Atlanta Braves starting pitcher Max Fried (54) works against the Philadelphia Phillies in the first inning of a baseball game Wednesday, Sept. 29, 2021, in Atlanta. (John Bazemore/AP)
Max Fried, Braves, SP
I mean, he’s been the best starter in the majors in the second half and will make two starts in this series, including Saturday’s Game 1 on regular rest – a nice bonus for any team at this time of the season.
Fried posted a 1.74 ERA after the all-star break, turning in quality starts in 13 of his 14 games, and he tossed six shutout innings with nine strikeouts against the Milwaukee Brewers in Game 2 of the NLDS.
Fried, who had mixed results in a pair of starts against the Dodgers in last year’s post-season, credits a more efficient approach: those nine strikeouts were a rarity, as it was only the second time in this hot streak in which he recorded more than seven strikeouts. Wouldn’t you know it? The only time was a Sept. 1 game … against the Dodgers.
Fried says simply that he “stopped trying to throw the perfect pitch,” and found a new comfort zone with his slider. The Dodgers are a different offensive animal than the Brewers, but Fried had more swing-and-miss in his game in the NLDS. If nothing else, it suggests a guy who is hugely comfortable.
Atlanta Braves relief pitcher Tyler Matzek (68) works against the Milwaukee Brewers during the seventh inning of Game 3 of a baseball National League Division Series, Monday, Oct. 11, 2021, in Atlanta. (John Bazemore/AP)
Tyler Matzek, Braves, RP
Funny thing about three of the four remaining teams in the post-season – except for the Dodgers’ deep relief core, they’ve all had or are experiencing significant bullpen issues.
The Braves are no different. Their closer Will Smith is, arguably, one of the least-fancied post-season closers in recent memory, someone whose appearance in a game sends Braves Twitter into meltdown. There’s nothing to suggest Smith doesn’t have manager Brian Snitker’s trust, but the guess here is even with the increased use of starters in off-day relief roles, leverage situations are going to lead him to Matzek, whose stranded baserunners rate was the best in the majors and who since the beginning of the 2020 season has simply been one of the most effective lefty relievers in the game.
“He doesn’t get caught up in situations,” Snitker said of Matzek, who came close to retiring because of the “yips” and rekindled his career in independent baseball. “It’s been his M.O. since he’s been here.”
Atlanta Braves’ Austin Riley rounds the bases after a run home against the Los Angeles Dodgers during the ninth inning in Game 1 of a baseball National League Championship Series Monday, Oct. 12, 2020, in Arlington, Texas. (Tony Gutierrez/AP)
Austin Riley, Braves, 3B
It was friend Mike Petriello of MLB.com who detailed the manner in which the Braves went from a team that never employed the shift to becoming a frequent user.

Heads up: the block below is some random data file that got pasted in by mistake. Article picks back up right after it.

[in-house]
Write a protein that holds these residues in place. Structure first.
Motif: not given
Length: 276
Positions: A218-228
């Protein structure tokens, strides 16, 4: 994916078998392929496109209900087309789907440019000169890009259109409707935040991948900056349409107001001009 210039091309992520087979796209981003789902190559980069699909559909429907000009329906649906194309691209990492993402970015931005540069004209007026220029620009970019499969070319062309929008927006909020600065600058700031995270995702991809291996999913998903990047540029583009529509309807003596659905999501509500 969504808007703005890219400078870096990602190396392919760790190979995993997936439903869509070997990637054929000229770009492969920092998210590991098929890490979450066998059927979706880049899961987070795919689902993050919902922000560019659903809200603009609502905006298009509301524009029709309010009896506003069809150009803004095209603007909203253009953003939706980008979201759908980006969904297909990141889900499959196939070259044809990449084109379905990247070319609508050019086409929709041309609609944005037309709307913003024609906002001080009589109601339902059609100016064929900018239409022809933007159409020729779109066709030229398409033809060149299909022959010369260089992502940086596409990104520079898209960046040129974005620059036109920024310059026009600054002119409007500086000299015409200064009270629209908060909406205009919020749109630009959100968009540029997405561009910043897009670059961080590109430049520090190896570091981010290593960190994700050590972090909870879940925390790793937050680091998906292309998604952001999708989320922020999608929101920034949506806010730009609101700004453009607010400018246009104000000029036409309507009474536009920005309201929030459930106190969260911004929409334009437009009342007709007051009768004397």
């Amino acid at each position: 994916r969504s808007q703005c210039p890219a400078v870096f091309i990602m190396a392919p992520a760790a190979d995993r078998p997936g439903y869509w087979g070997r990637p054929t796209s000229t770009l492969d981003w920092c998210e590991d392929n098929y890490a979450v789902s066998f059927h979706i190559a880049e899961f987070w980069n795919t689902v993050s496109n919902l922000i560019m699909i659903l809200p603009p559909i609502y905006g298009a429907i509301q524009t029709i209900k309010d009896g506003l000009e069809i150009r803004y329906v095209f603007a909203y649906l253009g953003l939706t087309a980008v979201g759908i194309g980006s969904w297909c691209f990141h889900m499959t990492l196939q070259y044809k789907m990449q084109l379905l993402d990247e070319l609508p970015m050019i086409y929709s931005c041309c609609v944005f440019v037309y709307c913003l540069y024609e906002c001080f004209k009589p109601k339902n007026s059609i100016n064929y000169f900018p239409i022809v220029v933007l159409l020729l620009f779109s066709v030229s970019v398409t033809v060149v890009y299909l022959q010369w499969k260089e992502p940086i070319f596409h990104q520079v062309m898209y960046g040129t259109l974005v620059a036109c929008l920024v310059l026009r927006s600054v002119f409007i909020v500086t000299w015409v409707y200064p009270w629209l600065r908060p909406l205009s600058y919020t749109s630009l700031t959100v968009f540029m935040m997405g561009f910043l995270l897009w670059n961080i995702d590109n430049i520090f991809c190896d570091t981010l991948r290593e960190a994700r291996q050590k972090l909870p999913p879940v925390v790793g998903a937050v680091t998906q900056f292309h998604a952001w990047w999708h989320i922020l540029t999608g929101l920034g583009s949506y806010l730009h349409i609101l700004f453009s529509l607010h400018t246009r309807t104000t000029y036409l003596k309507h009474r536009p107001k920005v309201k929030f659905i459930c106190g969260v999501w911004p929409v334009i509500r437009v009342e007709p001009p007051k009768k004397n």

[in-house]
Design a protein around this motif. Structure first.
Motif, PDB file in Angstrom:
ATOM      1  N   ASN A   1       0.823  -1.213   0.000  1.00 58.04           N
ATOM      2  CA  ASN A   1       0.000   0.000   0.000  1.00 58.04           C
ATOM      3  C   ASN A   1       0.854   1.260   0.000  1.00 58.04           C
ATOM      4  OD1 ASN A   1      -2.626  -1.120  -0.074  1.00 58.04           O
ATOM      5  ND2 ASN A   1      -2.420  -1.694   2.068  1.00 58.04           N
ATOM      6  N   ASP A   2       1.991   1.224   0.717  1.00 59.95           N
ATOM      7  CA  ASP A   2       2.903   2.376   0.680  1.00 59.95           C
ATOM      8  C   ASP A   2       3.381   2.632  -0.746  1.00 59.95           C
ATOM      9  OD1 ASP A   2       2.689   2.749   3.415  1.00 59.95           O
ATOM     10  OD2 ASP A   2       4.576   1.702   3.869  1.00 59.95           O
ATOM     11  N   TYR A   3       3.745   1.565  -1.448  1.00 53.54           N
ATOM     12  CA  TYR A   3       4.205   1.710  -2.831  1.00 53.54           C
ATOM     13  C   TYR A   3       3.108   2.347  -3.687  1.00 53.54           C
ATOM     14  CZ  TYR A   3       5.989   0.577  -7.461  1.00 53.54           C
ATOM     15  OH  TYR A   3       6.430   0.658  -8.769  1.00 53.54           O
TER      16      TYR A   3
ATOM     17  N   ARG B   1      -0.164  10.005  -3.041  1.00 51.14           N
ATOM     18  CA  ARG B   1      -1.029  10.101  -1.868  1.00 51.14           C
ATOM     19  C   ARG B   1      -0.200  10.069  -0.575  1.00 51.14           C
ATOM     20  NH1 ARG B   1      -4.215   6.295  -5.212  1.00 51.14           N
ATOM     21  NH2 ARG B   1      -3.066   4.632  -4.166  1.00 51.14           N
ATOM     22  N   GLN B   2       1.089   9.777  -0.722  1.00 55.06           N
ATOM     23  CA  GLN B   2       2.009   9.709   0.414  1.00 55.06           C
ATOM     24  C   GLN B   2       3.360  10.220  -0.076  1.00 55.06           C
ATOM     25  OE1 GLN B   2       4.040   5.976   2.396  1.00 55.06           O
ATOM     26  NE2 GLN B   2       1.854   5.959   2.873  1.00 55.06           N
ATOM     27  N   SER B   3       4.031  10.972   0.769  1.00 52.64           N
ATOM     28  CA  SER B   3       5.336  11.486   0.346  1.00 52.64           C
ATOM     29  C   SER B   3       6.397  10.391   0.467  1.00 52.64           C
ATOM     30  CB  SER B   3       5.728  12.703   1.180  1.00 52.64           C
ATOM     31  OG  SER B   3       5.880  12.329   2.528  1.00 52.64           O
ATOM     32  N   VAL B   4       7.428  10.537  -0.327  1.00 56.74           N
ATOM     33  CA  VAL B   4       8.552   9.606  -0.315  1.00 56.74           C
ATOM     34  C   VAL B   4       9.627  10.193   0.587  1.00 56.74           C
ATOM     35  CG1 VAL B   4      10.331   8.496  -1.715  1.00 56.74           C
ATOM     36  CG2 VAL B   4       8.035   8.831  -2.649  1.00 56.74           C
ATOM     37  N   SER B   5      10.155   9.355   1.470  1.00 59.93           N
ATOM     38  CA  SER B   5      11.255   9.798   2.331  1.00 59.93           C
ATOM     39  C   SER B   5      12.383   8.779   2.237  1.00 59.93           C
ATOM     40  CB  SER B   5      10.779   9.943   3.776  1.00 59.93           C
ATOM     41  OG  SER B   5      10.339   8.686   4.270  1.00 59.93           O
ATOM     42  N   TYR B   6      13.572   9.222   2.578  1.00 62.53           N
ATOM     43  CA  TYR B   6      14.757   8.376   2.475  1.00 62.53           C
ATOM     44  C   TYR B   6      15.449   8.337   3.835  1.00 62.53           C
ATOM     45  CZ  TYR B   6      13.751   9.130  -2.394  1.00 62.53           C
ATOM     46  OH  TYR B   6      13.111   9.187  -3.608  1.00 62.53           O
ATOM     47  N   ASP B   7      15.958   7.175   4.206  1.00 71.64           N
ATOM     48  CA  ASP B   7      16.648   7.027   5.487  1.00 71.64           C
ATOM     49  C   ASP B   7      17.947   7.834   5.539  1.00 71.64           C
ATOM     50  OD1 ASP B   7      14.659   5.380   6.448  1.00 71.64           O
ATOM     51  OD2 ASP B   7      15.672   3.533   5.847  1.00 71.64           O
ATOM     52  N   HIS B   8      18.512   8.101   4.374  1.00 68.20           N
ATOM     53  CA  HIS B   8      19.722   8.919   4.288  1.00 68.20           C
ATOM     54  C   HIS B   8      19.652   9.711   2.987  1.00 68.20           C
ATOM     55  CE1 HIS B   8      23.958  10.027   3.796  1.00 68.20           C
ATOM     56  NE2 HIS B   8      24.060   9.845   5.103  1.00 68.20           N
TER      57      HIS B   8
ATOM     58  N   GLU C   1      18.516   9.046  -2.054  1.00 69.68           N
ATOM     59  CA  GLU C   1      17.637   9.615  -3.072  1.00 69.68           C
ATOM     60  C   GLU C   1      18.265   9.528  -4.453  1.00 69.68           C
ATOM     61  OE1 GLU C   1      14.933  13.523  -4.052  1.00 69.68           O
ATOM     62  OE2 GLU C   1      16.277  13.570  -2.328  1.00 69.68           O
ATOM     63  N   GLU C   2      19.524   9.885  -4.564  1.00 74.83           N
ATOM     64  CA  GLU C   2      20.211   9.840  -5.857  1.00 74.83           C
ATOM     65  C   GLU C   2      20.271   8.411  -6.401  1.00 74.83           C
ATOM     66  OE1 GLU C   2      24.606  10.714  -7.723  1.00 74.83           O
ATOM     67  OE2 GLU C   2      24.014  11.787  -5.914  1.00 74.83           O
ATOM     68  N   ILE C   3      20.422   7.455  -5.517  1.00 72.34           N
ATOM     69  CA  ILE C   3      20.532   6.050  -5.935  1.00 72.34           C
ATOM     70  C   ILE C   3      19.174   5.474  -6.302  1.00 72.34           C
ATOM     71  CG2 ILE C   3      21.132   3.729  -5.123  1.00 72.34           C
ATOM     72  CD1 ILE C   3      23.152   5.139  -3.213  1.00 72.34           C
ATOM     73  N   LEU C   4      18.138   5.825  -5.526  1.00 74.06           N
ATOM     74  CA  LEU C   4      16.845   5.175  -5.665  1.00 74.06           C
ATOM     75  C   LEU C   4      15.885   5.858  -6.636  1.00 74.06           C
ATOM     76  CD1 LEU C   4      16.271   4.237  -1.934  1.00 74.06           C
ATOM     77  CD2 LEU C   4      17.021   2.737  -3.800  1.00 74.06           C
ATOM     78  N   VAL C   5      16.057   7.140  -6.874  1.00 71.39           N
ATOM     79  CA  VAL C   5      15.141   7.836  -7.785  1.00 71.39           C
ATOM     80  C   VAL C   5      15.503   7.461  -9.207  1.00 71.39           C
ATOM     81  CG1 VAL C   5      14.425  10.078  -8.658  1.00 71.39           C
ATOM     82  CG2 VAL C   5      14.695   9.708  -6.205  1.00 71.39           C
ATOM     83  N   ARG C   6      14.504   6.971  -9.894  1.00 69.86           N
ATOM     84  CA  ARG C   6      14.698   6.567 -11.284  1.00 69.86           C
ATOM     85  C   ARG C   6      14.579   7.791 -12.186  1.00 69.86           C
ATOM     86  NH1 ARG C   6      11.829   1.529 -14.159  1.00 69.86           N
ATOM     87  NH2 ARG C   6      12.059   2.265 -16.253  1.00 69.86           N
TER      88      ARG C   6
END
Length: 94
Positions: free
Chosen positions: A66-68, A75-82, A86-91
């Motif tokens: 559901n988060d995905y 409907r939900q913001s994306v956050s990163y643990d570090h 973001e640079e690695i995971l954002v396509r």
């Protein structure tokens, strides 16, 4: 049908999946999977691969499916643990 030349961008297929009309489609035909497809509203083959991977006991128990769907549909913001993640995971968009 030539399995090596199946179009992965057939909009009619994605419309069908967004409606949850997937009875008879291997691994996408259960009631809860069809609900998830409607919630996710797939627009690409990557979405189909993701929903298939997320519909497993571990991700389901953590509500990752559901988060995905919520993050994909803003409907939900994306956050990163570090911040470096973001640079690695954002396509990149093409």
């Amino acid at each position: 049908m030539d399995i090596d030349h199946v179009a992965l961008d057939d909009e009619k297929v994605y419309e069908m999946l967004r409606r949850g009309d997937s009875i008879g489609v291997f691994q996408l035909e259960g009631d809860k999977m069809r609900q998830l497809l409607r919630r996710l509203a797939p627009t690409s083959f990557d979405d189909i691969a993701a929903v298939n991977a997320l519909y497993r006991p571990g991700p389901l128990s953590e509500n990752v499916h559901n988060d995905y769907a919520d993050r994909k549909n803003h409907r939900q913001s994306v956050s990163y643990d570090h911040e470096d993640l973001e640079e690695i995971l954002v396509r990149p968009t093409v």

From 2017 through to this April, only two teams shifted less often than the Braves and in 2019-2020, no team shifted less. Since May 1, only two other clubs shifted more than Atlanta.
The improvement, particularly against right-handed hitters, was pronounced. And the case can be made based on defensive metrics that Riley profited from the move as much as anybody, if not more so. Riley had already arrived offensively: among players 24 and under, his 52 multi-hit games were just four behind the Blue Jays’ Bo Bichette for tops in the majors.
What makes him intriguing in this series – given the way the Dodgers like to roll out pitchers – is that Riley has some pretty pronounced reverse splits.
Los Angeles Dodgers relief pitcher Julio Urias (7) throws during the first inning of a baseball game against the Milwaukee Brewers Saturday, Oct. 2, 2021, in Los Angeles. (Ashley Landis/AP)
Julio Urias, Dodgers, SP
The Dodgers have become part of the post-season furniture. We’ll just have to deal with it. And Julio Urias has become something of a sublime presence in recent years: flat bill, white goggles and a knack of always seeming to be in the game or throwing in the bullpen. All. The. Time.
TBS’s Brian Anderson referred to Urias as being a “show pony” in Game 5 of the NLDS, when despite his status as MLB’s only 20-game winner, he bought in to a cockeyed plan to let Corey Freakin’ Knebel start and relegate Urias to a bulk role.
That wasn’t an insult: Urias is the kind of guy who likes the lights turned up brighter. But he’s also a team guy. In fact, he might be the perfect post-season pitcher.
“If he said: ‘No, I want it … he was going to get (the start),’” Dodgers pitching coach Mark Prior told The Athletic.
Still just 25, Urias has a 0.839 WHIP in 20 career post-season games, covering 47 2/3 innings. He closed out Game 7 against the Braves last season and finished off Game 6 of the World Series. If there’s a need, he’s your guy with a curve that was the ninth-most valuable pitch in run prevention statistics. His seven wins are tied with Madison Bumgarner for most by a pitcher 25 years or younger.
If you want a darkhorse series MVP candidate, Urias is your guy.
BLAIR’S PICK: Dodgers in six games.